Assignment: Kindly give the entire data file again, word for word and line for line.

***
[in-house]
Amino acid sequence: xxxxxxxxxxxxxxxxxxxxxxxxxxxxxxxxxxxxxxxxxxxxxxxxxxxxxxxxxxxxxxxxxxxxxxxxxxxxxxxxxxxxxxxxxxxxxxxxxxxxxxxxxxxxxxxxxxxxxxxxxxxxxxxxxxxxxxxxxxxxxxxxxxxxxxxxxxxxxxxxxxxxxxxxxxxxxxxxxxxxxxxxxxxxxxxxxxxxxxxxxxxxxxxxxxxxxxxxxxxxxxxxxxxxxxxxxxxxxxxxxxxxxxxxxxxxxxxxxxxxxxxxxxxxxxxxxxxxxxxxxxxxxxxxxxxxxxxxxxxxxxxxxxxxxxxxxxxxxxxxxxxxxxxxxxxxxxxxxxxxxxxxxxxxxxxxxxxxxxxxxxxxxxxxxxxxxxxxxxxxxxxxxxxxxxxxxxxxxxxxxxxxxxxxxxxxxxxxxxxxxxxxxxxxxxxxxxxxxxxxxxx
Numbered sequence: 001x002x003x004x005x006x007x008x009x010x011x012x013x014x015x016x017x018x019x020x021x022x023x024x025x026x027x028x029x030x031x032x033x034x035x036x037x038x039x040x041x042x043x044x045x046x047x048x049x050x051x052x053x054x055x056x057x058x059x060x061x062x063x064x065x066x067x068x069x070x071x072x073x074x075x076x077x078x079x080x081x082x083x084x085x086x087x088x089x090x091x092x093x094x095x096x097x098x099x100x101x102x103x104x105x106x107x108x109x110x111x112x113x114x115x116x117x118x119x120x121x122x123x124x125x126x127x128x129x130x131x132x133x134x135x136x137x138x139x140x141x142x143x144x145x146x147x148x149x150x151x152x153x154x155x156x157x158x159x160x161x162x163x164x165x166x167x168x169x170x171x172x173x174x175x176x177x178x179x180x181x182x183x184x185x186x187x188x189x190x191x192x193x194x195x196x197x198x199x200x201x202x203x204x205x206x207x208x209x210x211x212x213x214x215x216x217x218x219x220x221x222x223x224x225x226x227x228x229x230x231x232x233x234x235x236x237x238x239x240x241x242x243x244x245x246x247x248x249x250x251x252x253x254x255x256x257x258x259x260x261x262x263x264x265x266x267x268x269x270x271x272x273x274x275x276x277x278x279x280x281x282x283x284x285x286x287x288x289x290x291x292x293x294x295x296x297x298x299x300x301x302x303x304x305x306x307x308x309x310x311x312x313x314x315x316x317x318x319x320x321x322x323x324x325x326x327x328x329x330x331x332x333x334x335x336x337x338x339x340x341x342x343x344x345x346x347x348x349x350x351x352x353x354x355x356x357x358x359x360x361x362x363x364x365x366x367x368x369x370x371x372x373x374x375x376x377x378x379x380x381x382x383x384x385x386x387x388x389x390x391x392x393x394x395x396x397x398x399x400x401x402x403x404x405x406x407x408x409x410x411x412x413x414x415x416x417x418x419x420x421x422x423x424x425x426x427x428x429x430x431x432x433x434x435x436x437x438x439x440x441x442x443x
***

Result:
[in-house]
Amino acid sequence: xxxxxxxxxxxxxxxxxxxxxxxxxxxxxxxxxxxxxxxxxxxxxxxxxxxxxxxxxxxxxxxxxxxxxxxxxxxxxxxxxxxxxxxxxxxxxxxxxxxxxxxxxxxxxxxxxxxxxxxxxxxxxxxxxxxxxxxxxxxxxxxxxxxxxxxxxxxxxxxxxxxxxxxxxxxxxxxxxxxxxxxxxxxxxxxxxxxxxxxxxxxxxxxxxxxxxxxxxxxxxxxxxxxxxxxxxxxxxxxxxxxxxxxxxxxxxxxxxxxxxxxxxxxxxxxxxxxxxxxxxxxxxxxxxxxxxxxxxxxxxxxxxxxxxxxxxxxxxxxxxxxxxxxxxxxxxxxxxxxxxxxxxxxxxxxxxxxxxxxxxxxxxxxxxxxxxxxxxxxxxxxxxxxxxxxxxxxxxxxxxxxxxxxxxxxxxxxxxxxxxxxxxxxxxxxxxxxxxxxxxxx
Numbered sequence: 001x002x003x004x005x006x007x008x009x010x011x012x013x014x015x016x017x018x019x020x021x022x023x024x025x026x027x028x029x030x031x032x033x034x035x036x037x038x039x040x041x042x043x044x045x046x047x048x049x050x051x052x053x054x055x056x057x058x059x060x061x062x063x064x065x066x067x068x069x070x071x072x073x074x075x076x077x078x079x080x081x082x083x084x085x086x087x088x089x090x091x092x093x094x095x096x097x098x099x100x101x102x103x104x105x106x107x108x109x110x111x112x113x114x115x116x117x118x119x120x121x122x123x124x125x126x127x128x129x130x131x132x133x134x135x136x137x138x139x140x141x142x143x144x145x146x147x148x149x150x151x152x153x154x155x156x157x158x159x160x161x162x163x164x165x166x167x168x169x170x171x172x173x174x175x176x177x178x179x180x181x182x183x184x185x186x187x188x189x190x191x192x193x194x195x196x197x198x199x200x201x202x203x204x205x206x207x208x209x210x211x212x213x214x215x216x217x218x219x220x221x222x223x224x225x226x227x228x229x230x231x232x233x234x235x236x237x238x239x240x241x242x243x244x245x246x247x248x249x250x251x252x253x254x255x256x257x258x259x260x261x262x263x264x265x266x267x268x269x270x271x272x273x274x275x276x277x278x279x280x281x282x283x284x285x286x287x288x289x290x291x292x293x294x295x296x297x298x299x300x301x302x303x304x305x306x307x308x309x310x311x312x313x314x315x316x317x318x319x320x321x322x323x324x325x326x327x328x329x330x331x332x333x334x335x336x337x338x339x340x341x342x343x344x345x346x347x348x349x350x351x352x353x354x355x356x357x358x359x360x361x362x363x364x365x366x367x368x369x370x371x372x373x374x375x376x377x378x379x380x381x382x383x384x385x386x387x388x389x390x391x392x393x394x395x396x397x398x399x400x401x402x403x404x405x406x407x408x409x410x411x412x413x414x415x416x417x418x419x420x421x422x423x424x425x426x427x428x429x430x431x432x433x434x435x436x437x438x439x440x441x442x443x